In her latest blogpost “Living by Numbers”, the ever-enthusiastic Mistress of Faff deplores the meters game and status quo of hunter DPS in Warlords of Draenor. This struck a particular cord with me because ever since returning to WoW, I perceive this dissonance more strongly than ever – a dissonance between what is essentially a very casual-friendly game and a rabid, vocal group full of stat zealots. Naturally, the latter is hardly new: WoW has been heavily modded and then datamined, optimized and cookie-cut from the get-go. Yet, having been away for three years and finding things unchanged in that last department strikes me as more incongruous than ever.
I’ve been playing my shadowpriest since the expansion, mostly because I am over healing in WoW and so far it’s been very enjoyable. I run no mods whatsoever and until yesterday, I had not looked into shadowpriest state of play or rotations for Draenor. What I have noticed however is that my DPS seems lower than some people’s I met during quests and dungeons, that it’s hard work for me to get all my DoTs running before everyone else has already killed half of our enemies and that getting silver in Proving Grounds at ilvl 600 wasn’t exactly a walk in the park for my untrained DPS muscles (I did it on third try but without much time left).
And that’s okay. Or should be, but it didn’t stop an overeager ingame buddy of mine, coincidentally a MM hunter, to comment on my damage during an Auchindon heroic run, where my DPS was apparently around 10k when his was at 22k. This was a contrast to all the PuGs I have run since returning to WoW and that have been shockingly friendly, successful (not a single disband) and meters-free, to a point where I am tempted to declare the state of PuGs today a 180°-turnaround since I shared my passionate “no-pug policy” on World of Matticus in 2011. The continuous changes that have made this a way more flexible and accessible game over the years have clearly helped turn things around in LFG, color me impressed.
Yet, meter culture persists in some corners of the player base. WoW oldtimers especially and grumpy veterans who have never left the game or never smelled the meter-free roses in other MMOs like GW2 sometime, are clinging to an era where WoW endgame was firmly ruled by numbers and raidguilds. I hate to break it to all the elitist jerks and e-peeners out there but: meters are over. For anything outside minuscule, competetive top-tier raid content, optimizing specs and rotations are not a requirement in order to beat anything in WoW. Players can play whatever spec they enjoy. They can run whatever rotation feels most natural. They don’t require epics with enchants and gems (thankfully both abolished) in every slot of gear. Welcome to World of Wacraft, 2014 edition! Maybe it was time Blizzard did away with these mods altogether? What purpose do they serve exactly?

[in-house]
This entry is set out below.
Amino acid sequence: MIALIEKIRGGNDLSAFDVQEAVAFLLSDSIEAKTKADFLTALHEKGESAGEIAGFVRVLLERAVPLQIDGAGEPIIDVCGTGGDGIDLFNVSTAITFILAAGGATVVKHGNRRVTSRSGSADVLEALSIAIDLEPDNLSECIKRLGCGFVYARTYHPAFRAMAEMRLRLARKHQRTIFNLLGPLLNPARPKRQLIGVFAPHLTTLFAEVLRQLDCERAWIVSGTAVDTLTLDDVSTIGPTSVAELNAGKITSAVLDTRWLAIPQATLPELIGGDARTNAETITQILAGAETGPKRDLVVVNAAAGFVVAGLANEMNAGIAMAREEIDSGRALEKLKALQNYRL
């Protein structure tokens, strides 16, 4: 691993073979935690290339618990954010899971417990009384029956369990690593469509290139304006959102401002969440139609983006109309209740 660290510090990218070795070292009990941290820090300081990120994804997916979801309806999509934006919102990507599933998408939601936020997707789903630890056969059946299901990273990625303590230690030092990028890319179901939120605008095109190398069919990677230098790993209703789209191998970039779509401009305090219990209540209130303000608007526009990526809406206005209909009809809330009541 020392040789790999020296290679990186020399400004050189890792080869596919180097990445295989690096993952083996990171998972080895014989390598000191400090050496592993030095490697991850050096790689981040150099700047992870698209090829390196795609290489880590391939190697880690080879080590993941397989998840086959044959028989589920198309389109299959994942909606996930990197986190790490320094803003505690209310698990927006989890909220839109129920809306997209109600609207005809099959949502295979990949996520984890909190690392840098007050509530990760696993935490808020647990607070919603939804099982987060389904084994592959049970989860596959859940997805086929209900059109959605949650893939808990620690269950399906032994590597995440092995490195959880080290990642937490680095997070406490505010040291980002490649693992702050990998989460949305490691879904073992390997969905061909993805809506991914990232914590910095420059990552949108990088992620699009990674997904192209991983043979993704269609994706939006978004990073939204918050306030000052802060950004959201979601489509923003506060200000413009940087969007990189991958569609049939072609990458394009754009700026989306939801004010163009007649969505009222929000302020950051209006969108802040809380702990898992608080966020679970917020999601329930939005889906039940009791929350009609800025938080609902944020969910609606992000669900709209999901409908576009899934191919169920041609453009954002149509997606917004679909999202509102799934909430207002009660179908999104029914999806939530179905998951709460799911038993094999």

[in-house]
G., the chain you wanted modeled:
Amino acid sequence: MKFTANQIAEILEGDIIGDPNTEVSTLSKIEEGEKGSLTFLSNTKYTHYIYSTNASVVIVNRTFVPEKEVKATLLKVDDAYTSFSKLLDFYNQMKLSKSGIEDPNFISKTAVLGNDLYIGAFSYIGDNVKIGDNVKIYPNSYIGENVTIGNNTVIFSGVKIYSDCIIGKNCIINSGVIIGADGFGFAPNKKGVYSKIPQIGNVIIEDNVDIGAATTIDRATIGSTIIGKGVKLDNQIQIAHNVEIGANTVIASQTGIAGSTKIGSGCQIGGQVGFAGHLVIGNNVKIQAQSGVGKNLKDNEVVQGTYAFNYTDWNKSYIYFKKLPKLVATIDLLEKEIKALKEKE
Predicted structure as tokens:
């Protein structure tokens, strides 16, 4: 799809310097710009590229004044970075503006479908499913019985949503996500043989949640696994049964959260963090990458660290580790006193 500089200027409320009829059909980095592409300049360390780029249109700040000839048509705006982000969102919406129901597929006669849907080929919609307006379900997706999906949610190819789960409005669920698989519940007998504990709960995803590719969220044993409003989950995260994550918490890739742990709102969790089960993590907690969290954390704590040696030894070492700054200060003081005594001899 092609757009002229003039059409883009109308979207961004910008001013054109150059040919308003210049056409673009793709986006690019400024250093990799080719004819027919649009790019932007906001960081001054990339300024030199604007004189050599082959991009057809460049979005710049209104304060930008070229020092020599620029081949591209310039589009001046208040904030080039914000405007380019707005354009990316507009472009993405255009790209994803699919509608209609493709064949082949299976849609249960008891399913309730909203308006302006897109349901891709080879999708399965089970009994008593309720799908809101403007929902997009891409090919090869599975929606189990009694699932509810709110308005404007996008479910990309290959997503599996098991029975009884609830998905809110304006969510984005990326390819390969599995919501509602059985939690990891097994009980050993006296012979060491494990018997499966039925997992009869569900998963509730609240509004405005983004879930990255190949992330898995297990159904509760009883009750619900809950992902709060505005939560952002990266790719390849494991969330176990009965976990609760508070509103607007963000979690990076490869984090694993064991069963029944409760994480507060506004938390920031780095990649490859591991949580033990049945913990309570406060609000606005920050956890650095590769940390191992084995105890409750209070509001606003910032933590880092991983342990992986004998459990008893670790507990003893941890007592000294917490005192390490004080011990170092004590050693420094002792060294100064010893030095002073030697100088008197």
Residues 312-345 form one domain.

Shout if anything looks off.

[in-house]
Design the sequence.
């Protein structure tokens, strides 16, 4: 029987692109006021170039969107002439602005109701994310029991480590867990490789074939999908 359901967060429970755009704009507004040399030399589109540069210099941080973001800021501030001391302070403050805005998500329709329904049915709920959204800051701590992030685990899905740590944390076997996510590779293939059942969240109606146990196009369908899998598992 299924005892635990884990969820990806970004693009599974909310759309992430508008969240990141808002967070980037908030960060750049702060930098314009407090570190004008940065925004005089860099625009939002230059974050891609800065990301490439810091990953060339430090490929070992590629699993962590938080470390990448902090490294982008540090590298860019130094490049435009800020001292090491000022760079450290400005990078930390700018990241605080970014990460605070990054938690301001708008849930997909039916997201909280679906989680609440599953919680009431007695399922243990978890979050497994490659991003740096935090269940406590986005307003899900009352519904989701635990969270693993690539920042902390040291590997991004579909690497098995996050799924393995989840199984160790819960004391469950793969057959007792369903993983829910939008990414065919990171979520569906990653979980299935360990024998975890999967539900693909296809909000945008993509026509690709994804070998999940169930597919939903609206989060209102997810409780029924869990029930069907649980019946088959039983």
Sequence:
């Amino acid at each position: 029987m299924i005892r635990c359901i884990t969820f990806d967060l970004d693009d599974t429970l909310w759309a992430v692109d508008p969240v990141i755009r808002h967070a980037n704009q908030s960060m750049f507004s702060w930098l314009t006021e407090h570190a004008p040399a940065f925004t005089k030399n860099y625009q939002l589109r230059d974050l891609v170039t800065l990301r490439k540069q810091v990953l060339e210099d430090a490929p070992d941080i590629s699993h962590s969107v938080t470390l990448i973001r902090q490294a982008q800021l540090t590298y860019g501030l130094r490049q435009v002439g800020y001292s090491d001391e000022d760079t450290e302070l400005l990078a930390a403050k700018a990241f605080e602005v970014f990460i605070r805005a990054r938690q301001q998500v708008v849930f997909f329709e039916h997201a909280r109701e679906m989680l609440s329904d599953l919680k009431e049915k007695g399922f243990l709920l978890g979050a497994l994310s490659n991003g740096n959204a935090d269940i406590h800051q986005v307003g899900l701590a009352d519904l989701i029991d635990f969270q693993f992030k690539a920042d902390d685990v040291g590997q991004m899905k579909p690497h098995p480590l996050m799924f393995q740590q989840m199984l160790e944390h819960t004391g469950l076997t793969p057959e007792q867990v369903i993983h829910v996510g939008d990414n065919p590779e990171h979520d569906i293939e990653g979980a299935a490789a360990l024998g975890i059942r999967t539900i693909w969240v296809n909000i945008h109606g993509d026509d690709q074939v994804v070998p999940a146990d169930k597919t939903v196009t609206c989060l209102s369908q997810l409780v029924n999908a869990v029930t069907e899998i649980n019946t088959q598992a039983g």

On the bright side, my brief brush with the meters-nostalgia in WoW has benefited me in two ways: I went to check out current shadowpriest guides and realized that there’s nothing I am “doing wrong”, not even according to those that spend copious amounts of time on numbers. Draenor or not, priests remain late bloomers early into an expansion (as it ever was), struggling with ramp-up time in fast 5mans and versus single-target and multi-phase encounters. I simply don’t compare unless I unleash risky AoE on every single occasion. On the bright side, I never die and make the healer’s job a lot easier.
The even more important realization for me was that I really don’t give a toss. This is a trap that I am simply over. Thanks to so many experiences with other games and communities, I am a better and smarter player today than I ever was and most certainly a happier one. I am playing this for myself and that’s what an increasing number of players in WoW, be they in PuGs or elsewhere, have come to realize as well (shocking truth that it is).
It’s okay WoW players, you can have fun already! Maybe it’s time we re-defined our idea of success.